Good luck with your plans!
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Old 03-12-2007, 10:47 PM   #3
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Are you sure that Amsterdam was a port? I'd guess Rotterdam was what was meant. I've been in Amsterdam several times and do not recall a shipping harbor there, but there are lots of canals.
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Old 03-12-2007, 11:37 PM   #4
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Thanks for those good tips. What did you use for a guide to campgrounds over there? Are you familiar with any GPS based map programs geared for commercial trucks?
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Old 03-12-2007, 11:42 PM   #5
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Quote:
Originally Posted by herrgirdner
Are you sure that Amsterdam was a port? I'd guess Rotterdam was what was meant. I've been in Amsterdam several times and do not recall a shipping harbor there, but there are lots of canals.
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I am sure you are right. Perhaps the freight forwarder I talked with got a bit confused. There is a link, though:

http://www.portofamsterdam.com

It looks like they have taken in container ships up to almost a 1000 feet. I just scanned their anticipated arrivals and see no ships from the US (although there are some from central america and China). Plenty of ships from Europe, though. I may have to take that one off my list since I do not want a re-stow.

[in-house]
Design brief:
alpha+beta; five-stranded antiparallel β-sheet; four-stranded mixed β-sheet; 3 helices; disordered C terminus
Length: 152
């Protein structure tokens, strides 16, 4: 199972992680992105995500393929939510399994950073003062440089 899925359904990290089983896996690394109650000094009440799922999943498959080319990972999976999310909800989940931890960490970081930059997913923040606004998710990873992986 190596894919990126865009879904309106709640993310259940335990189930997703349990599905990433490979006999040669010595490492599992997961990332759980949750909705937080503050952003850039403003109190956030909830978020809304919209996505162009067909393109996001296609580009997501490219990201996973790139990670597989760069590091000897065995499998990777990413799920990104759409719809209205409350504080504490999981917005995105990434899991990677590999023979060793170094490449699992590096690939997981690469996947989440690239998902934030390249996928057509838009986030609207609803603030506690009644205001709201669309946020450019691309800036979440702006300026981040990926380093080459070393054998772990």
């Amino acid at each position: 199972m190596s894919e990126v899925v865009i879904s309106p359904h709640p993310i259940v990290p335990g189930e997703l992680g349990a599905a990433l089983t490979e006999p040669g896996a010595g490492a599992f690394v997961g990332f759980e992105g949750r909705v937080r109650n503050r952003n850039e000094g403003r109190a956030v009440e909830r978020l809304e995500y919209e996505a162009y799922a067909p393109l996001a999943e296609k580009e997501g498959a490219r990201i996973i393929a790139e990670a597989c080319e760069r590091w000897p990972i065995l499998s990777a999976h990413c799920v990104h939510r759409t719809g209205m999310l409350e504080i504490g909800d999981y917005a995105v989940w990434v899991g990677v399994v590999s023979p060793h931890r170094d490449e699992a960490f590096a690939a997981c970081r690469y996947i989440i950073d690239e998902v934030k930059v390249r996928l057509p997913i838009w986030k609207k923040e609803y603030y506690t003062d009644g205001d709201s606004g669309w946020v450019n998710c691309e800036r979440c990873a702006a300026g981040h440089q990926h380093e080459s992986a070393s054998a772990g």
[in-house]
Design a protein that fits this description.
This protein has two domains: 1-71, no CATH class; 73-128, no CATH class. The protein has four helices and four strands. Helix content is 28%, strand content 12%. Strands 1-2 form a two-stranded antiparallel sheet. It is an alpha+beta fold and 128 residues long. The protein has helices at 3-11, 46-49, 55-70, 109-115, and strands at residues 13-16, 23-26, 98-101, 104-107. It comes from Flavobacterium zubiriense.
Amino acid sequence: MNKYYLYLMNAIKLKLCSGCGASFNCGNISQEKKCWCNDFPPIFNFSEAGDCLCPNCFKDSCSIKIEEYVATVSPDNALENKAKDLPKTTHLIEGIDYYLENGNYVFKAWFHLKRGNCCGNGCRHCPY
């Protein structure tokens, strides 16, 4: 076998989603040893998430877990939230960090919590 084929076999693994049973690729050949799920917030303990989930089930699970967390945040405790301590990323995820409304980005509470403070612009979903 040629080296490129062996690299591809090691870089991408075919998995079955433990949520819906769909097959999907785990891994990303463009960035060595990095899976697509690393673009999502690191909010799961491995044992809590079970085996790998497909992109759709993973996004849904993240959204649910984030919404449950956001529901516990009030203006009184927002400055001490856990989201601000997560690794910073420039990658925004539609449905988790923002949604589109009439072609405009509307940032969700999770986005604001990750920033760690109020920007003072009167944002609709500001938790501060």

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Old 03-13-2007, 09:42 AM   #6
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Get a pre 1980 TV ( there is no road tax on old cars here ) and sell tv and trailor here .
I paid about 1500 usd for shipping a couple of months ago 32 ft exella.
pm if you need asistance
Remco
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Old 03-13-2007, 04:06 PM   #7
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Quote:
Originally Posted by remcolent
I paid about 1500 usd for shipping a couple of months ago 32 ft exella. Remco
Wow, $1500 is more reasonable than I would have anticipated.

On the TV: How about doing a European delivery? By a Volvo, Audi or Mercedes at a US dealer, pick it up in Europe and use it as a TV there. The shipping of the TV back to the US is included in the deal. Ship the AS to Europe and leave it behind with a happy buyer.

US trailers have higher tongue weights than European trailers, which tend to be single axle and nearly center balanced. I think US trailers have less of a tendency to sway due to the different weight distribution. I mention this because it may be difficult to get the proper weight distribution system installed on a European delivery TV to be compatible with a US spec travel trailer.

While Amsterdam has a port, from the North Sea Canal, I think you would most likely ship into Rotterdam.